I enjoy seeing a smug, bearded white supremacist get his comeuppance as much as the next guy. (Though the joy of the exuberant lady sitting next to this one is hard to match. And reason enough to watch this video more than once.) In any event, I get why this video of Craig Cobb, the would-be founder of an all-white town in North Dakota, finding out on a TV show that a DNA test indicates that he is “14% sub-Saharan African” has gone viral.
At the same time, the talk-showification of molecular biology is really never a good thing, especially when that molecular biology is supposed to tell us things about “race.” (And let’s face it, “race” is pretty much the only way molecular biologists get any pop-culture shine.) Problem is, the idea that Cobb is 14% African rests on the assumption that there is such a thing as 100% “African,” or 100% “European.”
As NYU’s Troy Duster explains, the reference point that the ancestry testing industry uses for this imagined purity is the frequency of certain genetic markers in small samples of contemporary populations from various regions. That is, the companies that market these ancestry tests go looking for something called African-ness, or European-ness, or Asian-ness, which they assume can be found in the samples they collect. And because populations that live nearer to one another are, on average, more genetically similar than populations that are more distant, the researchers find differences between the samples—differences that are then magically translated into African-ness, European-ness, or Asian-ness, or some other category. The degree to which you share certain genetic markers with those sample populations becomes the degree to which you are European, African, Asian, etc. Your “race,” a folk category neatly translated into hard, cold numbers. (For more, read Jonathan Marks and Duana Fulwilley.)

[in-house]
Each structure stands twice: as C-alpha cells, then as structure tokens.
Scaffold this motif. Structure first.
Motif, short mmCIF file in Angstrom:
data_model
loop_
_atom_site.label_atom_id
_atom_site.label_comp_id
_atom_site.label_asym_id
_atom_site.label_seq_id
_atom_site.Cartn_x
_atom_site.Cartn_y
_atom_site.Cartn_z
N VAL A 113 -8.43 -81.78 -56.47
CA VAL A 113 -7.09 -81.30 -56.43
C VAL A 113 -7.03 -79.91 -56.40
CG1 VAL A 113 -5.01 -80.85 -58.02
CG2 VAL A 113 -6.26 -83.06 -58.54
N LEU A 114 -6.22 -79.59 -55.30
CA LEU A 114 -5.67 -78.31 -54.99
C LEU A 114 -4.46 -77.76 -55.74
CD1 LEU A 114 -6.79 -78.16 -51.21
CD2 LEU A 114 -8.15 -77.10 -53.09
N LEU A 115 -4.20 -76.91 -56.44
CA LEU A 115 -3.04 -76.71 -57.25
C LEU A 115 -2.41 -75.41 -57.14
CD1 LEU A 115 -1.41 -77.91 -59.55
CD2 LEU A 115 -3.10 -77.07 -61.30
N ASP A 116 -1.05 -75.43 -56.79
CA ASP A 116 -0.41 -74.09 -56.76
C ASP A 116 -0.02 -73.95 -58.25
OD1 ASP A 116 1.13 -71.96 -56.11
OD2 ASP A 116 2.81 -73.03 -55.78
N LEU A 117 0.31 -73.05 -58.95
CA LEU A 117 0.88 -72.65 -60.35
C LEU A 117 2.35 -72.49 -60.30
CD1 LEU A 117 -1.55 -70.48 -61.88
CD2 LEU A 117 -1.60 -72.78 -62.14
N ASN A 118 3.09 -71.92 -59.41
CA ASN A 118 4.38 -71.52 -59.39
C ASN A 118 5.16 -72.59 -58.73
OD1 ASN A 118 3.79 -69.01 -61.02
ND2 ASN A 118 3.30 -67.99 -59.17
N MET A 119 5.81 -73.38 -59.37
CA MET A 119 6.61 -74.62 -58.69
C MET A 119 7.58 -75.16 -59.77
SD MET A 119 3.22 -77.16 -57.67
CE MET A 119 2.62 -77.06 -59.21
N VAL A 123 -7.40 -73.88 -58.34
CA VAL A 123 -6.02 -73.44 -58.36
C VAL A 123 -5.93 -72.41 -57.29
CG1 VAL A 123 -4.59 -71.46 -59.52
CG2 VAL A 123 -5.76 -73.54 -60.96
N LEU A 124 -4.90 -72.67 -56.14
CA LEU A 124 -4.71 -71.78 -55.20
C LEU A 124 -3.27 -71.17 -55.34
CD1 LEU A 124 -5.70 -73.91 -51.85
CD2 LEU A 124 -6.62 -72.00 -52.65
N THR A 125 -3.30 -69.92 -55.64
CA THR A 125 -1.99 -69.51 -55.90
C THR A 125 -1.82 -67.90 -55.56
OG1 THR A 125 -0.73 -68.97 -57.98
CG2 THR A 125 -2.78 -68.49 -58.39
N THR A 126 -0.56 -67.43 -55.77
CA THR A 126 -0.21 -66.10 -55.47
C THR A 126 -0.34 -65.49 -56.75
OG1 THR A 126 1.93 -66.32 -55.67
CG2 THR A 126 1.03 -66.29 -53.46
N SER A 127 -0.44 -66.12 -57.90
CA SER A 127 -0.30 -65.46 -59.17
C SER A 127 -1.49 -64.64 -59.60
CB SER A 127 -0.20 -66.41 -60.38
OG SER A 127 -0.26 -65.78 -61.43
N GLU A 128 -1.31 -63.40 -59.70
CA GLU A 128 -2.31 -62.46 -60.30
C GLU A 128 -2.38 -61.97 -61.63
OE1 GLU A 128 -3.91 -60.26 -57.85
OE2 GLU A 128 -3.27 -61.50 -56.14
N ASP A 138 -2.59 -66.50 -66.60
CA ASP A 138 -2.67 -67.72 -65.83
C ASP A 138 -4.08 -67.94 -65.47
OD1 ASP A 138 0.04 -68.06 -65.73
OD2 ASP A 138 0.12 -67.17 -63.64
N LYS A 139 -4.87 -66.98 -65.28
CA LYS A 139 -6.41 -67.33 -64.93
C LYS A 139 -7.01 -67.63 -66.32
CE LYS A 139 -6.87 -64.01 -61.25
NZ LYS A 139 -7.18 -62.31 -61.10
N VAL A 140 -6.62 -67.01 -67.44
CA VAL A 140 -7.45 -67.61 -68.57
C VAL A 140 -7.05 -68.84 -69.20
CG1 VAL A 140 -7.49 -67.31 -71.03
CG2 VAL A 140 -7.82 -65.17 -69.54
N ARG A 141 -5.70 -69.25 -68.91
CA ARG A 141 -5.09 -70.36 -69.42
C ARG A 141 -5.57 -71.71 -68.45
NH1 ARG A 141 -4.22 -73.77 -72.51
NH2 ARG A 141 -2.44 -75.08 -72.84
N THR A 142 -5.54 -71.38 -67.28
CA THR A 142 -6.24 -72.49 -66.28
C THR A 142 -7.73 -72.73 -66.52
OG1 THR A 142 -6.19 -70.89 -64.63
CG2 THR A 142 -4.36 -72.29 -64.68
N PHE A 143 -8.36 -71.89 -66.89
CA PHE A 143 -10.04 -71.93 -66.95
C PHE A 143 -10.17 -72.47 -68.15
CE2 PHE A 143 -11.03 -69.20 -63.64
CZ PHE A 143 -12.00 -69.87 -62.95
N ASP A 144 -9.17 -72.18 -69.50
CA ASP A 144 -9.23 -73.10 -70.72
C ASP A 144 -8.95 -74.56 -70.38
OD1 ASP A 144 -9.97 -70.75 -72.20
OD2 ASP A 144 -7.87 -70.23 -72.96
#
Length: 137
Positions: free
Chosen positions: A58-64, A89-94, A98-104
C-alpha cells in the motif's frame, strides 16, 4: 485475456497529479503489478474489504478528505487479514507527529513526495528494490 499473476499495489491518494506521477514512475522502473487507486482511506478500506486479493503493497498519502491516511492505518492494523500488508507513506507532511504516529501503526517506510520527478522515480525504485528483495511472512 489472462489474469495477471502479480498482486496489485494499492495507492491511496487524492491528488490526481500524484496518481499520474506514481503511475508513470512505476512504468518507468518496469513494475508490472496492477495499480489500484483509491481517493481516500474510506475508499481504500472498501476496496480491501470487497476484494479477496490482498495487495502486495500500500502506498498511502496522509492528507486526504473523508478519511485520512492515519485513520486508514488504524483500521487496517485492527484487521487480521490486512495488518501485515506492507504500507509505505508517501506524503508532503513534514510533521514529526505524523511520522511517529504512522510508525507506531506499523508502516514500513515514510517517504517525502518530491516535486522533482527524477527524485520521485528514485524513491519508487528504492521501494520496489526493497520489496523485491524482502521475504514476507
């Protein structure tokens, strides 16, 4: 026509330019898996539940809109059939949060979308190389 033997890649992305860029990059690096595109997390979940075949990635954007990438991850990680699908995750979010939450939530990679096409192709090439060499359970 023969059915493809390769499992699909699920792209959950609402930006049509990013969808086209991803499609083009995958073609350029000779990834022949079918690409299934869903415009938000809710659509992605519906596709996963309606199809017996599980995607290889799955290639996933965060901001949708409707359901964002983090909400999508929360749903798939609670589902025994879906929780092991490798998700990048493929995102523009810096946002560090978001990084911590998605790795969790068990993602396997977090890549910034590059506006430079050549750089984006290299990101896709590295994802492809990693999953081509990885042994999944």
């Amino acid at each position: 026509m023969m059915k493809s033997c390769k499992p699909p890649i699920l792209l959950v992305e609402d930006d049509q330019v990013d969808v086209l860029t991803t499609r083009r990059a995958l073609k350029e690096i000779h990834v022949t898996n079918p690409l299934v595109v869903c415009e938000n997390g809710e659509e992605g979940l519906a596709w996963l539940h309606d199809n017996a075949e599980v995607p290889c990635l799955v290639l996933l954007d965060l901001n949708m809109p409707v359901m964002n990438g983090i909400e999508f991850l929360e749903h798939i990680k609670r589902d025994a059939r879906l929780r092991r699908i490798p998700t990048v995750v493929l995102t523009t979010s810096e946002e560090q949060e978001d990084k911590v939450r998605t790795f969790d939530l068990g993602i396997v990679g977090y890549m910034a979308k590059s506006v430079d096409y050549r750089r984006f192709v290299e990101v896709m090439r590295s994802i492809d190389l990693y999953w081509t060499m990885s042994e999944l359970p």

This reification—the idea that there is something out there that we can identify as “really” European (read, “white”) or “really” African (read, “black”)—is essentially what the ancestry testing industry is selling. And business is good. Think of companies like African Ancestry who have gotten publicity from “revealing” the “country of origin” and “ancestral tribe” of various American musicians and actors.
So yes, the numbers they produce can be affirming for people, or good for talk-show laughs. But the fantasy of racial purity has never been benign, and it’s at the heart of both the affirmation and the joke. That fantasy, along with the one in which our genes can tell us something meaningful about our identities, is the bread and butter of the ancestry testing industry. They are also the bread and butter of white supremacy.
Who gets the last laugh, again?